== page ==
An update on the Bigelow inflatable module on ISS


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NASA has released an update on the privately built inflatable BEAM module that is presently attached to ISS and is under-going two years of testing.

NASA and Bigelow Aerospace are pleased to report that, overall, BEAM is operating as expected and continues to produce valuable data. Structural engineers at NASA JSC confirmed that BEAM deployment loads upon the space station were very small, and continue to analyze the module’s structural data for comparison with ground tests and models. Researchers at NASA’s Langley Research Center in Hampton, Virginia, have found no evidence of large debris impacts in the DIDS data to date—good news for any spacecraft. And radiation researchers at JSC have found that the dosage due to Galactic Cosmic Rays in BEAM is similar to other space station modules, and continue to analyze local “trapped” radiation particles, particularly from the South Atlantic Anomaly, to help determine additional shielding requirements for long-duration exploration missions.

None of this is a surprise. It seems to me that this testing program is a bit overdone, since NASA never did anything like this in orbit for its own modules. What I think is really happening is that the two-year test of Bigelow’s module was required politically within NASA because there were too many people there opposed to using a privately-built module. I also suspect that NASA got further pressure from the contractors, such as Boeing, who had previously owned this business, and did not want the competition from Bigelow. Thus, despite the fact that Bigelow has already launched two test modules of its own and proved the viability of its designs, it was forced by NASA to do an additional test under NASA’s supervision in order to squelch this opposition.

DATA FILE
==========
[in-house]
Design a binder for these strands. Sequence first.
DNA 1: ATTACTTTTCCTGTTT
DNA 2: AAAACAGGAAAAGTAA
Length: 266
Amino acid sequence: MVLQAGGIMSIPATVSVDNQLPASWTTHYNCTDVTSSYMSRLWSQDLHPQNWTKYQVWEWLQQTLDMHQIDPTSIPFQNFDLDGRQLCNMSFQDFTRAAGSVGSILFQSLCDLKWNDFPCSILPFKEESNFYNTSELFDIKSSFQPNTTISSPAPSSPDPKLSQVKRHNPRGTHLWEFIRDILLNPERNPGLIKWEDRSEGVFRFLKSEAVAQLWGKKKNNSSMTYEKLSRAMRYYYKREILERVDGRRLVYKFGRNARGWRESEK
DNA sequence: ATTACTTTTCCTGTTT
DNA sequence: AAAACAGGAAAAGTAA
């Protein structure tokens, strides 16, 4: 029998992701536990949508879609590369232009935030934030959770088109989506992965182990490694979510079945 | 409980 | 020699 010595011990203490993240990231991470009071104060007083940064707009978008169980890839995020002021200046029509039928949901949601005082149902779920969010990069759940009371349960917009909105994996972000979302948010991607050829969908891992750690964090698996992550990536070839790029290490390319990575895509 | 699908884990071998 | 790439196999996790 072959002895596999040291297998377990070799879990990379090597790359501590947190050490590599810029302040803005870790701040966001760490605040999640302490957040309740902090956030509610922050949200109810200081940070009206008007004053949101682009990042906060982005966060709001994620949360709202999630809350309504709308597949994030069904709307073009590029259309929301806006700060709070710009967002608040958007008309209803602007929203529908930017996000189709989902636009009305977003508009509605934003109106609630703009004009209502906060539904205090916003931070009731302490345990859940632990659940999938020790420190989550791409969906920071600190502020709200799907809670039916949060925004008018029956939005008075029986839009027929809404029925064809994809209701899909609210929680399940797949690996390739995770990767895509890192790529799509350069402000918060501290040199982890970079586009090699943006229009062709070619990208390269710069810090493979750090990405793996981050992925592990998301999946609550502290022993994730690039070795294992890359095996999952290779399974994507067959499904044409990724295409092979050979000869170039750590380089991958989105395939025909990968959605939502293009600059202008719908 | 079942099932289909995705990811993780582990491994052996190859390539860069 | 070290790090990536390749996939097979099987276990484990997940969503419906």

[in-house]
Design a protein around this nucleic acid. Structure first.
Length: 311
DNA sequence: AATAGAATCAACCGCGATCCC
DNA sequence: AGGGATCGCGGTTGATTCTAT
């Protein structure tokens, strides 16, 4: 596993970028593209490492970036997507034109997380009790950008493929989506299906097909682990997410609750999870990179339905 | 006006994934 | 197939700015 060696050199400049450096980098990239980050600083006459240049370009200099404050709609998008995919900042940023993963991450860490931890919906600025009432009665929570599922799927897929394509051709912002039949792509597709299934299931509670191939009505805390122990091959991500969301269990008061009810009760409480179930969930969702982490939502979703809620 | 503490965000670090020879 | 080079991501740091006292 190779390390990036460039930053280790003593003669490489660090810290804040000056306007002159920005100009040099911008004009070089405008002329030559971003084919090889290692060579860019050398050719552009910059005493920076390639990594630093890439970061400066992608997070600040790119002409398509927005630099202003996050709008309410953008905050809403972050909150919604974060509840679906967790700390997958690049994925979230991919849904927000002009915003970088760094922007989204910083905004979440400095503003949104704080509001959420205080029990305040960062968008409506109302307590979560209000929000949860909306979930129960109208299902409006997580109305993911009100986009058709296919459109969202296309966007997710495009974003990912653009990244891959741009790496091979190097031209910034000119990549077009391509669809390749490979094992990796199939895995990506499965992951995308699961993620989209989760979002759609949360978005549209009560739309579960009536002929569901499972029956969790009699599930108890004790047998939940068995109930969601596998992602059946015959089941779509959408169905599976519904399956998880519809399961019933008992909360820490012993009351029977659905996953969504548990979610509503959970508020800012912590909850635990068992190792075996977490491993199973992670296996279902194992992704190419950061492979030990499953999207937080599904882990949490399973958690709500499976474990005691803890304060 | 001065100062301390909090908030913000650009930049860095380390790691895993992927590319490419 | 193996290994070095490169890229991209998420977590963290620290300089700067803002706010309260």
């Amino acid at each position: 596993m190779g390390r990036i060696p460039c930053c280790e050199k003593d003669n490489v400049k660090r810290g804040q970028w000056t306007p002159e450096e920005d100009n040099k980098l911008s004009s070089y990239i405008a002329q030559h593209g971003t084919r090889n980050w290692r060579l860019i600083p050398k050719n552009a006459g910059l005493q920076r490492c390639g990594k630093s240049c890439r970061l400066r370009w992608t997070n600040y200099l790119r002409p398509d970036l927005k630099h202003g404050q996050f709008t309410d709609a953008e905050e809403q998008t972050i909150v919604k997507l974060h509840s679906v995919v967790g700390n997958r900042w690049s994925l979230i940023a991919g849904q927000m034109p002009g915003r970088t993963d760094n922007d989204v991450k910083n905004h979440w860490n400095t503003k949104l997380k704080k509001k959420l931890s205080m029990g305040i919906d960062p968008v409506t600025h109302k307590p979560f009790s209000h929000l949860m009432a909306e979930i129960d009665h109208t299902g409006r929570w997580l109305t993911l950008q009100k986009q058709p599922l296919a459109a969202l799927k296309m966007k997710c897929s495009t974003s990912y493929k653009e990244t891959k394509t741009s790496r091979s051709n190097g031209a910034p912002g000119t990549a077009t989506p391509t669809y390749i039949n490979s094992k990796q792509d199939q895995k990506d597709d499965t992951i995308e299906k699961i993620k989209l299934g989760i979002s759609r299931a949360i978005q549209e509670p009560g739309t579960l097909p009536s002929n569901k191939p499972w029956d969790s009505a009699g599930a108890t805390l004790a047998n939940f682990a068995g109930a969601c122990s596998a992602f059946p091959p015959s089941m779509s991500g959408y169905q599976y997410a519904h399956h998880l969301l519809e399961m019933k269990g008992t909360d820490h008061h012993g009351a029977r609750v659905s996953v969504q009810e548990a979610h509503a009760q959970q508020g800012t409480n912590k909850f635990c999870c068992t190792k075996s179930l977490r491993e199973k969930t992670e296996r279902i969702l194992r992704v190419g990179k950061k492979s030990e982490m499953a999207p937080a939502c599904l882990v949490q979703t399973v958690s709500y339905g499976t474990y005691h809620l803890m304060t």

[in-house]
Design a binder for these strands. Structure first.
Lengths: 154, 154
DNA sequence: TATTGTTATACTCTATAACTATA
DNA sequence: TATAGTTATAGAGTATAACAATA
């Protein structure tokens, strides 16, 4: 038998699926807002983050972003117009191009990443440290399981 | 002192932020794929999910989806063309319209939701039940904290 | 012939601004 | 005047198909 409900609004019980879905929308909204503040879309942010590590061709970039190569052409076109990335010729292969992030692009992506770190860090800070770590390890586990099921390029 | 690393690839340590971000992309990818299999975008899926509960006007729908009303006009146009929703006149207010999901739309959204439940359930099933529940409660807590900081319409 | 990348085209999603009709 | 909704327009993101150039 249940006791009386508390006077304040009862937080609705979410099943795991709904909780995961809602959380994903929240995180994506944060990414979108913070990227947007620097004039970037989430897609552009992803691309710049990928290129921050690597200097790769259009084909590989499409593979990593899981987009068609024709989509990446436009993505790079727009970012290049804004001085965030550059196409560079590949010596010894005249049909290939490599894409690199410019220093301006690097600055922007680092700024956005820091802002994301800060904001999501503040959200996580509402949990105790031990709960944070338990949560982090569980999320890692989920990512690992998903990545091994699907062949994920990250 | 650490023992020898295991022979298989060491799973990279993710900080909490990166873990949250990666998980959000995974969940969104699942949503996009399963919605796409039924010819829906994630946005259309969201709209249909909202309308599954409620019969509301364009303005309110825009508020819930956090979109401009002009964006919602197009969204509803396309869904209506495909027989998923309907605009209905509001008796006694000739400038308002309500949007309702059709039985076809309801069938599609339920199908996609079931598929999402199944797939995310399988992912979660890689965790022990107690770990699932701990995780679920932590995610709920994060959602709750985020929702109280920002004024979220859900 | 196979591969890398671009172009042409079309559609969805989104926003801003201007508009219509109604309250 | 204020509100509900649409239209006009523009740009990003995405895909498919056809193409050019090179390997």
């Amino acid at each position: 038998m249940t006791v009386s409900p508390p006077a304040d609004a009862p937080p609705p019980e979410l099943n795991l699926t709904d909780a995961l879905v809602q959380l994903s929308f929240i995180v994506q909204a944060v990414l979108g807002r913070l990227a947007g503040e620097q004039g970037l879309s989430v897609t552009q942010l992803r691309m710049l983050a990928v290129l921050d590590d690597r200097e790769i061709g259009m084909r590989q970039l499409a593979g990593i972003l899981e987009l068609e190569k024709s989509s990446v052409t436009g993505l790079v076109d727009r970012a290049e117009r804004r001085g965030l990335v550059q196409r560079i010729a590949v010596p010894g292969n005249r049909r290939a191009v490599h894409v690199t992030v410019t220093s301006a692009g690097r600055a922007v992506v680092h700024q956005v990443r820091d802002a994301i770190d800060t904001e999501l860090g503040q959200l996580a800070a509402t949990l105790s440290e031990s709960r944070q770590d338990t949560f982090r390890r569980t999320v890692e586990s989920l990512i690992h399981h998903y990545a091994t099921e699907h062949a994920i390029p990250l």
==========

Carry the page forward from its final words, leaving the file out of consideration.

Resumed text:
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2 comments

  • Edward

    Robert,
    You wrote: “It seems to me that this testing program is a bit overdone, since NASA never did anything like this in orbit for its own modules. What I think is really happening is that the two-year test of Bigelow’s module was required politically within NASA because there were too many people there opposed to using a privately-built module. I also suspect that NASA got further pressure from the contractors, such as Boeing, who had previously owned this business, and did not want the competition from Bigelow.

    If you are right, on these speculations, then Bigelow may be the big winner. Bigelow now has actual data on the performance of its space modules, but the others may not have similar data.

    I am reminded of the (possibly apocryphal) story of the politician who once was accused of being crazy, so he went to a psychiatrist and ever after was able to say, “I’m not crazy, and I have the doctor’s note to prove it. Can my opponent prove that he isn’t crazy?”

  • Steve Earle

    Sounds like what Dr. Sheldon Cooper says on The Big Bang Theory:

    “I’m not crazy, my mother had me tested” LOL

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